For example, some industries use applications that rely on large amounts of real-time data to make decisions, such as artificial intelligence (AI). But for AI to work effectively in real time, a connection with low latency (transmission delay) is a must, Gutcher says. “In this case, we would provide a solution with low-latency, reliable connectivity and the use of cloud resources to drive a business result for the customer,” he says.

“In a perfect world, having one general technology solution would be wonderful, but it would also be improbable from a practical viewpoint as every industry is different and has distinct requirements.”
Matthew Craig, Senior Consultant, CTG
Customizing business solutions is also the norm at GCI, which caters to a myriad of industries. Lori Davey, GCI’s vice president of business sales, explains: “Our customers choose the technology that best meets their needs, and we are able to engineer our networks based on our customer requirements for managed and unmanaged circuits. We have a very collaborative relationship and often work together years in advance of technology changes to ensure that our networks are ready to meet their needs.”
GCI Empowers Customers
GCI enables the technology of its customers, according to Davey. Its account management team is organized by industry to better understand the unique requirements of the customers in that space and essentially become an extension of their team. “We really try to understand their challenges and come up with creative solutions,” she says. “GCI has the most comprehensive network in the state and can design custom networks utilizing terrestrial, wireless, and sometimes satellite connectivity to meet the needs of diverse geography.”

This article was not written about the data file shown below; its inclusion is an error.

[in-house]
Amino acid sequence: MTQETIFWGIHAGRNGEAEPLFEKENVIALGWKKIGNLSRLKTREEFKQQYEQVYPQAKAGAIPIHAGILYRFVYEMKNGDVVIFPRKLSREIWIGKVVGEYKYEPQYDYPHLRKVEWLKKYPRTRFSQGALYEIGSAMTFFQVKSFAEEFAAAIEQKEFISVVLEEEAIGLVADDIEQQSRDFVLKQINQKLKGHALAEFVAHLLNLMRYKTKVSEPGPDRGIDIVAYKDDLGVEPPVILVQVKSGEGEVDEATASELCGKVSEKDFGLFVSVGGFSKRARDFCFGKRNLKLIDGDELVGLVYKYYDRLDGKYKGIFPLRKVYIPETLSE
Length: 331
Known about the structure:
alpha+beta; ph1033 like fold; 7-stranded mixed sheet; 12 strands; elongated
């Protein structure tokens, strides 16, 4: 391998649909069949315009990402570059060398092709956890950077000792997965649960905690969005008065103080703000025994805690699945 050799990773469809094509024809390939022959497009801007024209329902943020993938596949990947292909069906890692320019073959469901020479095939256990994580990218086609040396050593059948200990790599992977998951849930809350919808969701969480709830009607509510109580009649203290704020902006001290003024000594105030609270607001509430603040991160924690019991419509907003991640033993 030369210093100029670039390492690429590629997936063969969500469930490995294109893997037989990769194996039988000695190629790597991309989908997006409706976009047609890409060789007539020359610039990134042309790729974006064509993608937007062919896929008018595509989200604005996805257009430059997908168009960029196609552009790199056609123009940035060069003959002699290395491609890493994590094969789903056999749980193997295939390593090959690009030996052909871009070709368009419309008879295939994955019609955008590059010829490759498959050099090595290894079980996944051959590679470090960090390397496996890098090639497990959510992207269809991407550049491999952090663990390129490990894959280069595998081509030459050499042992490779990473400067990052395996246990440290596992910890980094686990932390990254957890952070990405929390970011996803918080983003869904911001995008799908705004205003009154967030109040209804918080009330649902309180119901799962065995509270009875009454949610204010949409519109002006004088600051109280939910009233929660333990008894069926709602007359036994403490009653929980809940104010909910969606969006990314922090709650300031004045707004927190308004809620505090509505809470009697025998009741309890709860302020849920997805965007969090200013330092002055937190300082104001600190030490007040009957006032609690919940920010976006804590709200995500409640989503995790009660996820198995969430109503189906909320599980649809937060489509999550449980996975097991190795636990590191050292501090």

For example, GCI has diverse fiber going to the North Slope to support oil and gas exploration and production. And as the technology becomes more capable, the need for constant connectivity increases. Remote monitoring and camera sensors can replace road miles to check on unmanned sites with supervisory control and data acquisition (SCADA) as well as the ability to stream video for operational support. These systems of hardware, software, and connectivity enable the company to control industrial processes locally or at remote locations; monitor, gather, and process real-time data; interact with devices such as sensors, valves, pumps, motors, and more through human-machine interface software; and record events into a log file. “These systems are crucial for industrial organizations since they maintain efficiency, process data for smarter decisions and communicate issues, and ultimately mitigate unnecessary downtime,” Davey says.

She adds: “Our industry-focused program has specialized and unrivaled knowledge on the delivery of technology, telecommunications, and managed services to the most remote regions of Alaska. We empower companies with the robust tools and cutting-edge solutions needed to support operations and meet their business goals. Our working philosophy is based on integration, agility, and customer enablement. Combined, these three traits create a platform for technological service delivery that will be responsive to any present and future needs.”